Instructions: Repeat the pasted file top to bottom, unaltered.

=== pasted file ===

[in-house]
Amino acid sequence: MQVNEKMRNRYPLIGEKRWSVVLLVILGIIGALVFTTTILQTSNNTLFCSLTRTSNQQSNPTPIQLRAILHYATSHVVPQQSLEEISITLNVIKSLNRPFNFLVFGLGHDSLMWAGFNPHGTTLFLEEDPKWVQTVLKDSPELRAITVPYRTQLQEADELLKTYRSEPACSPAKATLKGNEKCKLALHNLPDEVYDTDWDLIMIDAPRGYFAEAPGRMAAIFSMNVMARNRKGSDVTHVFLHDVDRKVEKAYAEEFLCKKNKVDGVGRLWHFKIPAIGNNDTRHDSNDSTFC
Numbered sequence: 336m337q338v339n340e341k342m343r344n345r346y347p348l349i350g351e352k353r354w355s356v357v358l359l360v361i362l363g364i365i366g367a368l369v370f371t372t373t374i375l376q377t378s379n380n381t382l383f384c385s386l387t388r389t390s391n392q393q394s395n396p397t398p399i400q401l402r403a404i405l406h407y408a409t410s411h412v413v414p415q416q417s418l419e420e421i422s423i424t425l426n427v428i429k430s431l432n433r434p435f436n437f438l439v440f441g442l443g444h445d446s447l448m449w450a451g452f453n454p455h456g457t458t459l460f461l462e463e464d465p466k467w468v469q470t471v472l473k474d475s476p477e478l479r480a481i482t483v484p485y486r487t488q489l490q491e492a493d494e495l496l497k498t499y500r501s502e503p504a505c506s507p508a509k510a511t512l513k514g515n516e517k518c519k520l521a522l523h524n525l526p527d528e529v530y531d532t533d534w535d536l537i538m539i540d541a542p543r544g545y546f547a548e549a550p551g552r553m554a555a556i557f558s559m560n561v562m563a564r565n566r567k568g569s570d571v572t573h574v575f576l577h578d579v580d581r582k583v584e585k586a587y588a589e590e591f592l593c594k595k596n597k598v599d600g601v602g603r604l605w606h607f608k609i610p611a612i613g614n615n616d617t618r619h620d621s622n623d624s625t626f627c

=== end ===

[in-house]
Amino acid sequence: MQVNEKMRNRYPLIGEKRWSVVLLVILGIIGALVFTTTILQTSNNTLFCSLTRTSNQQSNPTPIQLRAILHYATSHVVPQQSLEEISITLNVIKSLNRPFNFLVFGLGHDSLMWAGFNPHGTTLFLEEDPKWVQTVLKDSPELRAITVPYRTQLQEADELLKTYRSEPACSPAKATLKGNEKCKLALHNLPDEVYDTDWDLIMIDAPRGYFAEAPGRMAAIFSMNVMARNRKGSDVTHVFLHDVDRKVEKAYAEEFLCKKNKVDGVGRLWHFKIPAIGNNDTRHDSNDSTFC
Numbered sequence: 336m337q338v339n340e341k342m343r344n345r346y347p348l349i350g351e352k353r354w355s356v357v358l359l360v361i362l363g364i365i366g367a368l369v370f371t372t373t374i375l376q377t378s379n380n381t382l383f384c385s386l387t388r389t390s391n392q393q394s395n396p397t398p399i400q401l402r403a404i405l406h407y408a409t410s411h412v413v414p415q416q417s418l419e420e421i422s423i424t425l426n427v428i429k430s431l432n433r434p435f436n437f438l439v440f441g442l443g444h445d446s447l448m449w450a451g452f453n454p455h456g457t458t459l460f461l462e463e464d465p466k467w468v469q470t471v472l473k474d475s476p477e478l479r480a481i482t483v484p485y486r487t488q489l490q491e492a493d494e495l496l497k498t499y500r501s502e503p504a505c506s507p508a509k510a511t512l513k514g515n516e517k518c519k520l521a522l523h524n525l526p527d528e529v530y531d532t533d534w535d536l537i538m539i540d541a542p543r544g545y546f547a548e549a550p551g552r553m554a555a556i557f558s559m560n561v562m563a564r565n566r567k568g569s570d571v572t573h574v575f576l577h578d579v580d581r582k583v584e585k586a587y588a589e590e591f592l593c594k595k596n597k598v599d600g601v602g603r604l605w606h607f608k609i610p611a612i613g614n615n616d617t618r619h620d621s622n623d624s625t626f627c